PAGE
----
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Everything posted by SC

  1. We've received a letter returning our docs and saying they are processing our application. For reference it was a joint application for both term bonds paid with one cheque, Notaires signatures on one set of our docs. Steve
  2. I don't know why, but all of our recent tax correspondence has been in black and white, even the Tricolor, and are not obviously originals. I've just re-read the NS&I letter to me and the included information sheet on the EU Savings Tax Directive and neither mentions foreign words. I had taken the precaution of writing everything on the certified copies in French and English beforehand and also pointed out to NS&I that our tax number was the numéro fiscal on the tax letter. Trying to cover all the bases, like you we also made clear colour photocopies. Watch this space then..... Steve
  3. A notaire told me today that she could verify that our passport copies were genuine but not a letter from the tax office because she couldn't be sure whether the letter was itself genuine, and that the only way that it could be legally verified was by the tax office themselves who, as I pointed out, weren't on the NS&I prescribed list. Nevertheless she wrote something on it, and after she stamped it and signed it you couldn't read what she'd written anyway. Incidentally, some of the points raised here are answered on the NS&I websitre - 7-10 day turnaround time, "we will cash your cheques as soon as we receive them", "the date of your bond will be the date we receive your application". Steve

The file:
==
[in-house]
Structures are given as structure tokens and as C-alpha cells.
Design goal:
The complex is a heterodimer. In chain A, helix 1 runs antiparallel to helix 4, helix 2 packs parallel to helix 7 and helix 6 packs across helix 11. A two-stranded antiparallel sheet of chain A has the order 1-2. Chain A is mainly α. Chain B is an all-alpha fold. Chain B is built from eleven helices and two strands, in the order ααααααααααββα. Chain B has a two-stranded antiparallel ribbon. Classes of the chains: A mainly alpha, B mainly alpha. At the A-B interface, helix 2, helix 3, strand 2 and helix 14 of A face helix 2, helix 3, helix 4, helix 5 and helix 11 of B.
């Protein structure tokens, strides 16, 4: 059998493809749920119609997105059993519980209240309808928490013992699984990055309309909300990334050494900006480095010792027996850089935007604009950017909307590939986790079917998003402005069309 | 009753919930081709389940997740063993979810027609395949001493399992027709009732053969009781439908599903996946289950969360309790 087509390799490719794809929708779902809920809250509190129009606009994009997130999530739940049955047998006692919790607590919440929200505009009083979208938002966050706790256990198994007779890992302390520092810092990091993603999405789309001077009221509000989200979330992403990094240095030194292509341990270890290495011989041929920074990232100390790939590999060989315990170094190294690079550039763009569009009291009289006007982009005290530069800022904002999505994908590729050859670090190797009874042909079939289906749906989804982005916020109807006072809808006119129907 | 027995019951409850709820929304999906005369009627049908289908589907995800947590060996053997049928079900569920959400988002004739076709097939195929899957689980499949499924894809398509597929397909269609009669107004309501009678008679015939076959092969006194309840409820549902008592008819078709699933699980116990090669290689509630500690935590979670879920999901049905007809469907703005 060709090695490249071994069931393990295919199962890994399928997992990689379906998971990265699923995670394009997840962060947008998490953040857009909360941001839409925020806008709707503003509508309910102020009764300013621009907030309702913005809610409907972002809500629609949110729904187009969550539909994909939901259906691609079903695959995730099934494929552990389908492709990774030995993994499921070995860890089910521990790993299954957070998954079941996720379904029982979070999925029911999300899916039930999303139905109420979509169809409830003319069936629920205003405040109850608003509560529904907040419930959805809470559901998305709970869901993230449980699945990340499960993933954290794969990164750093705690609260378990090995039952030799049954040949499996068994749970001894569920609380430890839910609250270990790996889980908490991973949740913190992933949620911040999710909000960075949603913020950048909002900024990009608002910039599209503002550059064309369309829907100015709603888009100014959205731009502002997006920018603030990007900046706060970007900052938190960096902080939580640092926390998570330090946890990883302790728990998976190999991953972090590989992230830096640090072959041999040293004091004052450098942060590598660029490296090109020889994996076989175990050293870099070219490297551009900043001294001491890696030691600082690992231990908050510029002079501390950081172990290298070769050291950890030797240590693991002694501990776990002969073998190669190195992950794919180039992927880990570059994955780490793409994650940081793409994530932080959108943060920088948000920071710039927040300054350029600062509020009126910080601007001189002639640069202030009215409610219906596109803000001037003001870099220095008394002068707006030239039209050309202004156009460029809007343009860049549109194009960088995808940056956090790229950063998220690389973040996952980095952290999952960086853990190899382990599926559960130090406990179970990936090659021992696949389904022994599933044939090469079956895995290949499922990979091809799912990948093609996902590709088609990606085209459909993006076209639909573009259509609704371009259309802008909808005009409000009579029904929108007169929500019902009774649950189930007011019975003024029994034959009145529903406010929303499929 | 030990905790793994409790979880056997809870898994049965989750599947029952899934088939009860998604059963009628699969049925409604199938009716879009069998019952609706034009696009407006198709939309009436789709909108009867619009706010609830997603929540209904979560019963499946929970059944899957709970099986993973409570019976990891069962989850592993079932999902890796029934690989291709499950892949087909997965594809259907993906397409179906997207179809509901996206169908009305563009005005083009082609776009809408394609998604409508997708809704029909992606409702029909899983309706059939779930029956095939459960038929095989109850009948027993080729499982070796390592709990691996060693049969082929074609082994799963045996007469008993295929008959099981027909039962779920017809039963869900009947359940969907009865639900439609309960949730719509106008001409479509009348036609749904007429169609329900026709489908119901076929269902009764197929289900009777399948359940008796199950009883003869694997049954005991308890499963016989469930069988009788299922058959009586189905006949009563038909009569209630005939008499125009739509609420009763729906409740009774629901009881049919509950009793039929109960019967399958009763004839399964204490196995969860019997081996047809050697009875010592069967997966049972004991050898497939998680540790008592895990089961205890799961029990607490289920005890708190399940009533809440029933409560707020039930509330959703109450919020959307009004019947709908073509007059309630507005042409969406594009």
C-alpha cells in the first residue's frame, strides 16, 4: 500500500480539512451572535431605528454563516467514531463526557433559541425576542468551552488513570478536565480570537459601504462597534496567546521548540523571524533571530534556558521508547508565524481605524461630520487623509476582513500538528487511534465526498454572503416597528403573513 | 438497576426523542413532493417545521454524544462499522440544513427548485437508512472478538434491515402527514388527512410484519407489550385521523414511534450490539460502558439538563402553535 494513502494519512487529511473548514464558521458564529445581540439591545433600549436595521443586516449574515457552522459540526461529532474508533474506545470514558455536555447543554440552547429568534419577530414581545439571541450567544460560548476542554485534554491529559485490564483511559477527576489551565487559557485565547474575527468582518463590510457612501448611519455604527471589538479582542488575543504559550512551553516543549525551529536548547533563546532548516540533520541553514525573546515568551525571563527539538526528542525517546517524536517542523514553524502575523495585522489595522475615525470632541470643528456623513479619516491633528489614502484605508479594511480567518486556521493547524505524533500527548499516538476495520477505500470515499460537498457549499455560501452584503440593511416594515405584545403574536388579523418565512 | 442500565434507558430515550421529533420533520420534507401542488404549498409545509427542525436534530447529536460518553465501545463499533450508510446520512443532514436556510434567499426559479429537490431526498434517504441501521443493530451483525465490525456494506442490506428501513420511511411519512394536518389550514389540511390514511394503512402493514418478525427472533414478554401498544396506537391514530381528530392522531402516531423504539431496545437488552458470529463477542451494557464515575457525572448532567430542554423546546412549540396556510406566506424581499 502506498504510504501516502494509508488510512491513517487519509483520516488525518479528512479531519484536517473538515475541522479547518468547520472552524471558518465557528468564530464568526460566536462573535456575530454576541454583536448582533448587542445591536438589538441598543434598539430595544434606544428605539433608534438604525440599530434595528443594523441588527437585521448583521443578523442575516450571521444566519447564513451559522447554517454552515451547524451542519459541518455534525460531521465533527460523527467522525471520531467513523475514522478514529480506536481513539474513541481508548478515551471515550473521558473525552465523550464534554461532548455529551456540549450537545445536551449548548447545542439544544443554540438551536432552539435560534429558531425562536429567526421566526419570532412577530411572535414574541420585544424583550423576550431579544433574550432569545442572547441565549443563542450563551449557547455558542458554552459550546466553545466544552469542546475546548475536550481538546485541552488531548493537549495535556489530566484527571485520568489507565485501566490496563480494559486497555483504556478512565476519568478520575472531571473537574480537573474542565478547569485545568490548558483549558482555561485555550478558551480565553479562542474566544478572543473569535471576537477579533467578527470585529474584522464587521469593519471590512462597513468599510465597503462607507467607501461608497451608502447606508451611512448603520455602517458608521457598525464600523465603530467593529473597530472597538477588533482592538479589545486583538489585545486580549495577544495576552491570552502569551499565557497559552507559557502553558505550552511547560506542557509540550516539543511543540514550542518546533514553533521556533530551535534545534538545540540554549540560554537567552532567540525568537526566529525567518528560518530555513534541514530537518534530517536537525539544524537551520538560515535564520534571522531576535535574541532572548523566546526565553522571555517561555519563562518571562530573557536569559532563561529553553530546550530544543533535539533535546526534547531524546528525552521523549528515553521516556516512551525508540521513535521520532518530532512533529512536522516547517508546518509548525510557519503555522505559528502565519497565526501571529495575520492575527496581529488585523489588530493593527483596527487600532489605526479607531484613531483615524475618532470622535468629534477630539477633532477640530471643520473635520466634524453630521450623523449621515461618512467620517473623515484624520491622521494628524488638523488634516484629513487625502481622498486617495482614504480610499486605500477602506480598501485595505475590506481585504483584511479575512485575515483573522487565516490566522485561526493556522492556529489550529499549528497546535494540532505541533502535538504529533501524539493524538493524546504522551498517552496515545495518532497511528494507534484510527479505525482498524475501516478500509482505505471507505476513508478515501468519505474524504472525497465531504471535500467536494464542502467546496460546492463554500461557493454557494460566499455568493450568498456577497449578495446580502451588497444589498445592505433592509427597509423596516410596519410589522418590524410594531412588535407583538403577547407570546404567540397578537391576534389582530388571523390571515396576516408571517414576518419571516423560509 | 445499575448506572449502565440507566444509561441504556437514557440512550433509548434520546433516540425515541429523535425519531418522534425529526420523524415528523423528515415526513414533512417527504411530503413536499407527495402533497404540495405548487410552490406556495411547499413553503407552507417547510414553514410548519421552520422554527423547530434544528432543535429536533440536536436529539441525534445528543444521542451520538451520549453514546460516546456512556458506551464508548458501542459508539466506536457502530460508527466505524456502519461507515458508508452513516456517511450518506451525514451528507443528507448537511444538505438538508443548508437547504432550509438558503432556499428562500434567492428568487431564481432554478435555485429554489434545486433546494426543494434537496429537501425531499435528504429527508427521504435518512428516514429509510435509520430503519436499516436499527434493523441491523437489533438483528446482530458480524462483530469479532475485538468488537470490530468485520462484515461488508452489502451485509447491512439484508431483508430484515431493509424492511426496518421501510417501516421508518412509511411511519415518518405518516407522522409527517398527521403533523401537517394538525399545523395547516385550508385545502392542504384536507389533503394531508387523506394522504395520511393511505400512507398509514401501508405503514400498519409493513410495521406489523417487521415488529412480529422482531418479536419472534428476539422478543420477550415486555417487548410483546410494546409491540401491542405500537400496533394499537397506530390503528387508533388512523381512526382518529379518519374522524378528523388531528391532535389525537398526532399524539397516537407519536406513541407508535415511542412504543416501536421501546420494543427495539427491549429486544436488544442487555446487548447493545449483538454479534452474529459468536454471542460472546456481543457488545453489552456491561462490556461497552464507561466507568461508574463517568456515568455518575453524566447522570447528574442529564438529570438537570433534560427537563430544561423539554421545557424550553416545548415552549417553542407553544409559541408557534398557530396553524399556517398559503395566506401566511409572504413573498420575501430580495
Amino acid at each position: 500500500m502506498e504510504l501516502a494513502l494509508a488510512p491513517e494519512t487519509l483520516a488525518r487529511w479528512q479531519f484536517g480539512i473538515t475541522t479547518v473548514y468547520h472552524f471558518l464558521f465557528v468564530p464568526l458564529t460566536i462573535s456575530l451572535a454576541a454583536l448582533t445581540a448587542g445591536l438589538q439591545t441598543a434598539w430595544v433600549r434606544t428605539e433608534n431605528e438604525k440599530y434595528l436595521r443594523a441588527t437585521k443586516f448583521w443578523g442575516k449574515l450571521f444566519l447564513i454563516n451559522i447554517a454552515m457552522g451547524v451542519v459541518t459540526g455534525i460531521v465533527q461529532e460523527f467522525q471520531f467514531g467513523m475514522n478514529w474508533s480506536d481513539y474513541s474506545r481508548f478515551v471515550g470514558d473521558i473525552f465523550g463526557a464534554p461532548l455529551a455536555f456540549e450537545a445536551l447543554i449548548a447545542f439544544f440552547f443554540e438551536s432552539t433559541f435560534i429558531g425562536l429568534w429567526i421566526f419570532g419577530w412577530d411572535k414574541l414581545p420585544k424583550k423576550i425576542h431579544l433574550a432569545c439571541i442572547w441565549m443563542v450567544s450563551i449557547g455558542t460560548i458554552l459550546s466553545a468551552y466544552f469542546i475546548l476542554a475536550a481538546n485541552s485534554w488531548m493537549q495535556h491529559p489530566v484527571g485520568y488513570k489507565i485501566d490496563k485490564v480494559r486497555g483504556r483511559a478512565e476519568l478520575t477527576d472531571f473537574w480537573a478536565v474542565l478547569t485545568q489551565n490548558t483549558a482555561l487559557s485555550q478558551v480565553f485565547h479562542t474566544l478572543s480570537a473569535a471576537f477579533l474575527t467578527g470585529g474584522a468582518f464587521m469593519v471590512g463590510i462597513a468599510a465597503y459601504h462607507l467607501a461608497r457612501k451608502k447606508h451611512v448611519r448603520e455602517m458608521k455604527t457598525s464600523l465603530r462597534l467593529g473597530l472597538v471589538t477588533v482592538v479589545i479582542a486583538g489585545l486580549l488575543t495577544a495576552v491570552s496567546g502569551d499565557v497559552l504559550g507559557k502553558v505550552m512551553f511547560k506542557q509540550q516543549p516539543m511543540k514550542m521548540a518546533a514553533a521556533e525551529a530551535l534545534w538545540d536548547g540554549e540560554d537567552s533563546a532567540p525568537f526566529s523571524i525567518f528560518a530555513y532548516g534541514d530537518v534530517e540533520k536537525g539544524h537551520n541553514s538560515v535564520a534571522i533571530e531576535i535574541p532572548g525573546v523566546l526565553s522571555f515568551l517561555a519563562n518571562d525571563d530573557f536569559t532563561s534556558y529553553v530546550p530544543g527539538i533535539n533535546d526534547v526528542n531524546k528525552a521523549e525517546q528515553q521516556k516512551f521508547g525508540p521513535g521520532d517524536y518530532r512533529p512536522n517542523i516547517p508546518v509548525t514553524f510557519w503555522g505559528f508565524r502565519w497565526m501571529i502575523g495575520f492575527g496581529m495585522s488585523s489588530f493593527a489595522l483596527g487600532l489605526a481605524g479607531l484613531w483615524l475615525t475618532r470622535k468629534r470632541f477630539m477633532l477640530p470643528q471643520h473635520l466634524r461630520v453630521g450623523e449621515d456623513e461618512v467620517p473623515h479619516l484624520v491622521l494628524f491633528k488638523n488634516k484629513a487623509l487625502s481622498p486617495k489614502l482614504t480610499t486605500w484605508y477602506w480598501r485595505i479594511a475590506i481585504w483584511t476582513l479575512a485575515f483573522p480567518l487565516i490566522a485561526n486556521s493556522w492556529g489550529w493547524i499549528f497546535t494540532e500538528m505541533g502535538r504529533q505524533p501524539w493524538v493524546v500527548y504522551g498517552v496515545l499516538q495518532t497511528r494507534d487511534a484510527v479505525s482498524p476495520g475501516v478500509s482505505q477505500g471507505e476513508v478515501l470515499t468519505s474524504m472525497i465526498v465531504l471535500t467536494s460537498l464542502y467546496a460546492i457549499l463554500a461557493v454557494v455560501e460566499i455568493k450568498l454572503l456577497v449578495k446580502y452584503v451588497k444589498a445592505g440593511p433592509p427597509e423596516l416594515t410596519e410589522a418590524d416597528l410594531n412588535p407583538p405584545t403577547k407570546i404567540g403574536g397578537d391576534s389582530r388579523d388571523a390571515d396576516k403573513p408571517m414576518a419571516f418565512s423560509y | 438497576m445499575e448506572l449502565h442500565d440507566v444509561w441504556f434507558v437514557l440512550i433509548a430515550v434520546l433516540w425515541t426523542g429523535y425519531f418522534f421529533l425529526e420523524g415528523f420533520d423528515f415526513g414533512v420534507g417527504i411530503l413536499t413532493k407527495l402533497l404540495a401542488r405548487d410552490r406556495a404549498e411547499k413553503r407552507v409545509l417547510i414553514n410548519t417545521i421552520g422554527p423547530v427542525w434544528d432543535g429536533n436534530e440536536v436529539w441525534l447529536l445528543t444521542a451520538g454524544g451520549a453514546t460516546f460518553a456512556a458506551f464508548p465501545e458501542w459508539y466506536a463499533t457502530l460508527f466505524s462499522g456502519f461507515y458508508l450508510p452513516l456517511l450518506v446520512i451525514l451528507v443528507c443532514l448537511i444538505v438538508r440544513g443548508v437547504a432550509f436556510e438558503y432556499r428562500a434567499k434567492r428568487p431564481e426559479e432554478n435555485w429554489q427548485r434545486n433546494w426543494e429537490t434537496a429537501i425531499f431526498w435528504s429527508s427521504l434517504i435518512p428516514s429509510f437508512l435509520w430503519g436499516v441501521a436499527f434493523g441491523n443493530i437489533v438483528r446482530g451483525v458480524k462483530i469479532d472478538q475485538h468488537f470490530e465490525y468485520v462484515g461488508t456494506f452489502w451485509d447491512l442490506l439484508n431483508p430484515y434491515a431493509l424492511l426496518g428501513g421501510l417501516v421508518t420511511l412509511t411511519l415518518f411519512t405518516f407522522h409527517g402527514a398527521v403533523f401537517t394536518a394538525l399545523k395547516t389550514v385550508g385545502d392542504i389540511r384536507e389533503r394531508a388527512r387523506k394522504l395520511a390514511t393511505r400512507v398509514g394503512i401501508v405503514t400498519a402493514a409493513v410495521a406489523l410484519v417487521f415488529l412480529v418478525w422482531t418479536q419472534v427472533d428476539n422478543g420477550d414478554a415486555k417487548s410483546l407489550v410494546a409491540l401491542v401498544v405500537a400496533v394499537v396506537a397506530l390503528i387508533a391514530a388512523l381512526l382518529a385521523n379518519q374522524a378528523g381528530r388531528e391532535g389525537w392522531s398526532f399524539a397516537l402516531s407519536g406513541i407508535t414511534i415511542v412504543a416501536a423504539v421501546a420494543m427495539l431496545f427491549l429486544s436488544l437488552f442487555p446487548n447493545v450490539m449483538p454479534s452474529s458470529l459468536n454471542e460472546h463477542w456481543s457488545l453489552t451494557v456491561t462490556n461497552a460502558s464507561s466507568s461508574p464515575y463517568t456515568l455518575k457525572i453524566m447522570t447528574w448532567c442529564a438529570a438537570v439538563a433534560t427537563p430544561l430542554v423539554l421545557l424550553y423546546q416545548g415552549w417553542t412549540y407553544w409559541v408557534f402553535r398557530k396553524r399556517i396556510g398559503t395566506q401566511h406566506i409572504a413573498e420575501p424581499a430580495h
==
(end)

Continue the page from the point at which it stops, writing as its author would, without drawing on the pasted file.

4. There's usually something in the handbook about this. As Rabbie said locking the doors physically with the key rather than the remote doesn't set the alarm. Sometimes the keyhole in the door is not obvious but there usually is one for flat battery situations; on my VW it's under the door handle trim (easily removed using the key). I do notice other drivers staring at me when I do this and I've never seen anyone else doing it, but it's in the handbook and I know how car horns hurt a dog's ears, so I do it. Steve
  5. A handy way to generate and remember a reasonably secure password is to use the first letters of a relevant phrase. Thus " I Buy Books And Stuff From Amazon" - IBBASFA. This can be strengthened by using 2, 4, GR8 etc in place of words: "I Go To E Bay for Cheap Bargains - IG2EB4CB. Once used a few times it sticks. Well, it does for me, and no, they're not my passwords...... Steve
  6. I spotted this up to date article while looking for something else: http://www.toutsurlesimpots.com/location-meublee-pas-de-classement-requis-pour-le-regime-fiscal-des-gites-ruraux.html I was trying to find out if the various fiscal limits for letting, 23K, 32K, etc get upgraded annually? Also if "revenues locative" are considered to be before or after abattement? Steve
  7. "If I have understood, convection, would mean that the water would rise into the radiators onto the floor above????" It wouldn't need to if suitable radiators were on the same level as the stove, but yes. If you imagine two vertical pipes, joined at each end and completely full of water, if you heat one of them and cool the other, a convection current will flow round the loop. "We lived on the first floor and the only radiator that wasn't on the first floor was one in the downstairs hall, what ever, once the electricity went off it would sound like the expansion vessel above us, was full of boiling water and so the fire had to be put out gently." An out of control fire producing more heat than it can handle is a scary thing....... Steve